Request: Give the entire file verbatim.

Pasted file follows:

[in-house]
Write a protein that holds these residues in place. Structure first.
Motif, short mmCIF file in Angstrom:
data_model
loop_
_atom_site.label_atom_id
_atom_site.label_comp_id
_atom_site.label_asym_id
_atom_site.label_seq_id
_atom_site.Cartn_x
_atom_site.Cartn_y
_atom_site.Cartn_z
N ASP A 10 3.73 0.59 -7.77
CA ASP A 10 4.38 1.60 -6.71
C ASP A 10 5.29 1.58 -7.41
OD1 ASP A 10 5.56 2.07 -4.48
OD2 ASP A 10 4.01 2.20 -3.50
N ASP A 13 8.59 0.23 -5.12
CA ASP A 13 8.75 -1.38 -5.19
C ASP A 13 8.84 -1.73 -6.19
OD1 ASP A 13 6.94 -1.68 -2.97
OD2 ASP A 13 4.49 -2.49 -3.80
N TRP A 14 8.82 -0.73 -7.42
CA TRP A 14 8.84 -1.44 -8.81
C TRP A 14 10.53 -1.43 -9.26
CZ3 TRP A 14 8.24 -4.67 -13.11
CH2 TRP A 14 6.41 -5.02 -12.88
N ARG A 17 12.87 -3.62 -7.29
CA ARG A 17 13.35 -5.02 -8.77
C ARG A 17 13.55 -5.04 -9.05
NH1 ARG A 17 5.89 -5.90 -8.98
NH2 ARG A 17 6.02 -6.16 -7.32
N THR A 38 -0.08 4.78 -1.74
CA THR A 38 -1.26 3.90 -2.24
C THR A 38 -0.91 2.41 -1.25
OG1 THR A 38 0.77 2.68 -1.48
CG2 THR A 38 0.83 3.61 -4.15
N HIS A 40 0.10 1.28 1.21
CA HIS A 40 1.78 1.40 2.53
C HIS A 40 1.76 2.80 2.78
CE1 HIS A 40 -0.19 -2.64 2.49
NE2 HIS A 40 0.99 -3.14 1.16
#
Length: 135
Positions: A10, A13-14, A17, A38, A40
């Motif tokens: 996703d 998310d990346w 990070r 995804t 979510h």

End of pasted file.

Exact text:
[in-house]
Write a protein that holds these residues in place. Structure first.
Motif, short mmCIF file in Angstrom:
data_model
loop_
_atom_site.label_atom_id
_atom_site.label_comp_id
_atom_site.label_asym_id
_atom_site.label_seq_id
_atom_site.Cartn_x
_atom_site.Cartn_y
_atom_site.Cartn_z
N ASP A 10 3.73 0.59 -7.77
CA ASP A 10 4.38 1.60 -6.71
C ASP A 10 5.29 1.58 -7.41
OD1 ASP A 10 5.56 2.07 -4.48
OD2 ASP A 10 4.01 2.20 -3.50
N ASP A 13 8.59 0.23 -5.12
CA ASP A 13 8.75 -1.38 -5.19
C ASP A 13 8.84 -1.73 -6.19
OD1 ASP A 13 6.94 -1.68 -2.97
OD2 ASP A 13 4.49 -2.49 -3.80
N TRP A 14 8.82 -0.73 -7.42
CA TRP A 14 8.84 -1.44 -8.81
C TRP A 14 10.53 -1.43 -9.26
CZ3 TRP A 14 8.24 -4.67 -13.11
CH2 TRP A 14 6.41 -5.02 -12.88
N ARG A 17 12.87 -3.62 -7.29
CA ARG A 17 13.35 -5.02 -8.77
C ARG A 17 13.55 -5.04 -9.05
NH1 ARG A 17 5.89 -5.90 -8.98
NH2 ARG A 17 6.02 -6.16 -7.32
N THR A 38 -0.08 4.78 -1.74
CA THR A 38 -1.26 3.90 -2.24
C THR A 38 -0.91 2.41 -1.25
OG1 THR A 38 0.77 2.68 -1.48
CG2 THR A 38 0.83 3.61 -4.15
N HIS A 40 0.10 1.28 1.21
CA HIS A 40 1.78 1.40 2.53
C HIS A 40 1.76 2.80 2.78
CE1 HIS A 40 -0.19 -2.64 2.49
NE2 HIS A 40 0.99 -3.14 1.16
#
Length: 135
Positions: A10, A13-14, A17, A38, A40
């Motif tokens: 996703d 998310d990346w 990070r 995804t 979510h």